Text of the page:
80 l of methylene chloride and 33 g (0.2 mol) of p-t-butylphenol, as a chain stopper, are added. 400 g (4 mols) of phosgene are passed into the reaction mixture at a pH value of 13 at 20 C. in the course of one hour. An additional 53.6 kg (87 mols) of 6.5% strength sodium hydroxide solution are required to maintain the pH value. After passing in the phosgene, 500 ml of 4% strength triethylamine solution are added as a condensation catalyst and the mixture is stirred for 1 hour in order to carry out a post-condensation reaction. The polyester-carbonate is worked up by evaporating off the solvent. A polyester-carbonate with a relative viscosity of 1.998 is obtained.

Example 3a (Polyester-carbonate)

A polyester comprising 10.5 kg (1.27 mols) of a polyester of hexanediol and sebacic acid, and a molecular weight of 18,000, and 4.5 kg (19.7 mols) of bisphenol A are reacted with phosgene in accordance with the process described in Example 2, without a chain stopper, to give a polyester-carbonate with a relative solution viscosity of 2.305.

Example 3b (Polyester-carbonate)

A polyester comprising 10.5 kg (0.58 mol) of a polyester of hexane-1,6-diol and adipic acid, with a molecular weight of 14,000, and 4.04 kg (17.7 mols) of bisphenol A are reacted with phosgene in accordance with the process described in Example 2 to give a polyester-carbonate with a relative solution viscosity of 2.16.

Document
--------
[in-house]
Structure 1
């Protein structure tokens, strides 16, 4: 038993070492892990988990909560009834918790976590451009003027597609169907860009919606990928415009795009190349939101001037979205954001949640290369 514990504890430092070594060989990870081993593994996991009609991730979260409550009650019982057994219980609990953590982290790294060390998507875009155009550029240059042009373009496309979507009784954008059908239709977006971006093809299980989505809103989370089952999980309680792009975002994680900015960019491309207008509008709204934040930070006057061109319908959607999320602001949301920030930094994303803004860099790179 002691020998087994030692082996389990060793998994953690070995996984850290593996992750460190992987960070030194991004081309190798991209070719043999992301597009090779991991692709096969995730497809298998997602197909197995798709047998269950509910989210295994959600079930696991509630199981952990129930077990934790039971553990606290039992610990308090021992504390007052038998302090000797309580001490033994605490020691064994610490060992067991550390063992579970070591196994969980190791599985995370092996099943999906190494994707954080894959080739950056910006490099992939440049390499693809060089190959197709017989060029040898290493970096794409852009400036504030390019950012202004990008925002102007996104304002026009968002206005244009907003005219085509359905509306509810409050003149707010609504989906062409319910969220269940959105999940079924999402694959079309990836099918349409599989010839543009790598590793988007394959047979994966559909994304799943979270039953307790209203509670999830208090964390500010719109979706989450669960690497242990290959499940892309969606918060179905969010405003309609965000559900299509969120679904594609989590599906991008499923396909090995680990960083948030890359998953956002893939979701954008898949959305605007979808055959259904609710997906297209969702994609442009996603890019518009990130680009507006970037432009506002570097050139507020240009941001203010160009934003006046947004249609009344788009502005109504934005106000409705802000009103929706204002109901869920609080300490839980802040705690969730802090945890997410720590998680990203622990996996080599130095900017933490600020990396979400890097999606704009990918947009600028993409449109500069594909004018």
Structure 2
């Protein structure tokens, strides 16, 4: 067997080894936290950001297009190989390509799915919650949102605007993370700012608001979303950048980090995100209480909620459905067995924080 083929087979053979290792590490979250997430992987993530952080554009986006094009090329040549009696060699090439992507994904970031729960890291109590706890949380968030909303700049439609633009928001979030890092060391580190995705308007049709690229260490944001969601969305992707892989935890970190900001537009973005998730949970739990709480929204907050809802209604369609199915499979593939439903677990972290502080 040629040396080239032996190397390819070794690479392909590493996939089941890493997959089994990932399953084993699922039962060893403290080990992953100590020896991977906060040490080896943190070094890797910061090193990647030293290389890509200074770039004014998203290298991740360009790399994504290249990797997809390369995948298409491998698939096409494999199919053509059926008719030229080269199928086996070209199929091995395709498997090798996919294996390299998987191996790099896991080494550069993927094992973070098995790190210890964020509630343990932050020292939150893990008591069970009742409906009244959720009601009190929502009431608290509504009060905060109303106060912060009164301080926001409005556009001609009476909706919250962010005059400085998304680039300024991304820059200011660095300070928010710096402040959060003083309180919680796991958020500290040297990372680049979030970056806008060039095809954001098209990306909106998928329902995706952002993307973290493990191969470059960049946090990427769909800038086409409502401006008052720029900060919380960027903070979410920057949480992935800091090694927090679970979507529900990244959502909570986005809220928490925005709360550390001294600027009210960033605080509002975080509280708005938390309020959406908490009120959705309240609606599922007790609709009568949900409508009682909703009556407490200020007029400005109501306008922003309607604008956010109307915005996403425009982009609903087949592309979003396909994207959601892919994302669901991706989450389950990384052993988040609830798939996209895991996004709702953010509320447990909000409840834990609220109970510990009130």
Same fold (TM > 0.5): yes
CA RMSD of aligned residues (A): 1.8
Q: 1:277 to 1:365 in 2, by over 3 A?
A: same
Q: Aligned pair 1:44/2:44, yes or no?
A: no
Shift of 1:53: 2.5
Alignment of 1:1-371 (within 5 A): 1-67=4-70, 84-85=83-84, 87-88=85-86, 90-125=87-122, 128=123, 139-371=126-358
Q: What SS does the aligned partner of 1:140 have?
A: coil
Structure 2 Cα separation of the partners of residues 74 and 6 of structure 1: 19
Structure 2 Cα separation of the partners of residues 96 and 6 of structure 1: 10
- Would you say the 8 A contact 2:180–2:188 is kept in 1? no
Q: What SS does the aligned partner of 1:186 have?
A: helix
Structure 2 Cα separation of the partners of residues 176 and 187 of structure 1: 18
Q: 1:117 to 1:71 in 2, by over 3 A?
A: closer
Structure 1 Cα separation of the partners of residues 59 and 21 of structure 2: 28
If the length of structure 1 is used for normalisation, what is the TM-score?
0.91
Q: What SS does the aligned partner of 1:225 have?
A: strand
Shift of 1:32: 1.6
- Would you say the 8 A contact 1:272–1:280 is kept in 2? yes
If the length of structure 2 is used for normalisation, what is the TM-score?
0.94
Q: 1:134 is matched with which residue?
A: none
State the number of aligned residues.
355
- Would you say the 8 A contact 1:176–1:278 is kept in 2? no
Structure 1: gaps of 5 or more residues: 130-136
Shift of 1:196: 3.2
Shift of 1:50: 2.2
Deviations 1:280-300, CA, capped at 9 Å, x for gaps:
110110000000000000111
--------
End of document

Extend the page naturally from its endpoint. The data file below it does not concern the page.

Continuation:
Example 3c (Polyester-carbonate)

A polyester comprising 7.5 kg (0.75 mol) of a polyester of octane-1,8-diol/propylene 1,3-glycol (1:1) and suberic acid, with a molecular weight of 10,000, and 6.87 kg (24.2 mols) of tetramethylbisphenol A are reacted with phosgene in accordance with the process of DT-OS No. 2211 957 (Le A 14 240) to give a polyester-carbonate with a relative solution viscosity of 1.75.

Example 3d (Polyester-carbonate)

A polyester comprising 7.5 kg (0.75 mol) of a polyester of ethylene glycol/butane-1,4-diol and adipic acid, with a molecular weight of 10,000, and 6.1 kg (26.6 mols) of bisphenol A and 0.7 kg (1.9 mols) of tetrachlorobisphenol A are reacted with phosgene in accordance with the process described in Example 2 to give a polyester-carbonate with a relative solution viscosity of 1.85.

Example 3e (Polyester-carbonate)

A polyester comprising 9.0 kg (0.56 mol) of hexane-1,6-diol/butane-1,4-diol (75:25) and sebacic acid, with a molecular weight of 16,000, and 4.6 kg (20.1 mols) of bisphenol A and 0.9 kg (1.58 mols) of tetrabromobisphenol A are reacted with phosgene in accordance with the process described in Example 2 to give a polyester-carbonate with a relative solution viscosity of 2.02.

Example 4a (Polyether-carbonate)

5.25 kg (0.33 mol) of a polyethylene oxide-glycol with a molecular weight of 16,000 and 4.5 kg (19.7 mols) of bisphenol A are reacted with phosgene in accordance with the process described in Example 2 to give a polyether-carbonate with a relative solution viscosity of 1.89.

Example 4b (Polyether-carbonate)

9.0 kg (0.90 mol) of a polyethylene oxide-glycol with a molecular weight of 10,000, with 5.4 kg (23.6 mols) of bisphenol A are reacted with phosgene in accordance with the process described in Example 2 to give a polyether-carbonate with a relative solution viscosity of 1.93.